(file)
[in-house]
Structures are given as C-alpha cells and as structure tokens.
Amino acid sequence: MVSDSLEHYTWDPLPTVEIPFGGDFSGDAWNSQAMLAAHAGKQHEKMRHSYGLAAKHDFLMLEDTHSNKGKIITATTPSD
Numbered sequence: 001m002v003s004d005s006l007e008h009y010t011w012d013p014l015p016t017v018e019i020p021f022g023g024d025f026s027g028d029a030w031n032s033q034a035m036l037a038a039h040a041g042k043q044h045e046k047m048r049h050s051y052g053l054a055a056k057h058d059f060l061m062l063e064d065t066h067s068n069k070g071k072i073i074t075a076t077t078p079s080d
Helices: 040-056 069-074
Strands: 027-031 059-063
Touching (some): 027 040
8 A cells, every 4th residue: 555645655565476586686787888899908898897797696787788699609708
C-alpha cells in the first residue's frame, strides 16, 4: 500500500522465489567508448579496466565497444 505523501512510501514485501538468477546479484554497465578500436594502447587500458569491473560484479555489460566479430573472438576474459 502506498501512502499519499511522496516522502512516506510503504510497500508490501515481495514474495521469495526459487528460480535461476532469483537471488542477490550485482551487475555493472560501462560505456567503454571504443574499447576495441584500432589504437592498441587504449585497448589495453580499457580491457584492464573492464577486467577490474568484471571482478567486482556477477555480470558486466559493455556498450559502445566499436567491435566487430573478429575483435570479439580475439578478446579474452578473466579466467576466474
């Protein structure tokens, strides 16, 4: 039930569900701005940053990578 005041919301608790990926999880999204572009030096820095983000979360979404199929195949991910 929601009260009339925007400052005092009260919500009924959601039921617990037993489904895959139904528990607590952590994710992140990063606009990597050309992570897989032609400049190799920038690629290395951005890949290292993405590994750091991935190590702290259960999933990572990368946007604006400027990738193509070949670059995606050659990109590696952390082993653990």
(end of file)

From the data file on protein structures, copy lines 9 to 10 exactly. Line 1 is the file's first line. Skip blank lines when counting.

C-alpha cells in the first residue's frame, strides 16, 4: 500500500522465489567508448579496466565497444 505523501512510501514485501538468477546479484554497465578500436594502447587500458569491473560484479555489460566479430573472438576474459 502506498501512502499519499511522496516522502512516506510503504510497500508490501515481495514474495521469495526459487528460480535461476532469483537471488542477490550485482551487475555493472560501462560505456567503454571504443574499447576495441584500432589504437592498441587504449585497448589495453580499457580491457584492464573492464577486467577490474568484471571482478567486482556477477555480470558486466559493455556498450559502445566499436567491435566487430573478429575483435570479439580475439578478446579474452578473466579466467576466474
């Protein structure tokens, strides 16, 4: 039930569900701005940053990578 005041919301608790990926999880999204572009030096820095983000979360979404199929195949991910 929601009260009339925007400052005092009260919500009924959601039921617990037993489904895959139904528990607590952590994710992140990063606009990597050309992570897989032609400049190799920038690629290395951005890949290292993405590994750091991935190590702290259960999933990572990368946007604006400027990738193509070949670059995606050659990109590696952390082993653990």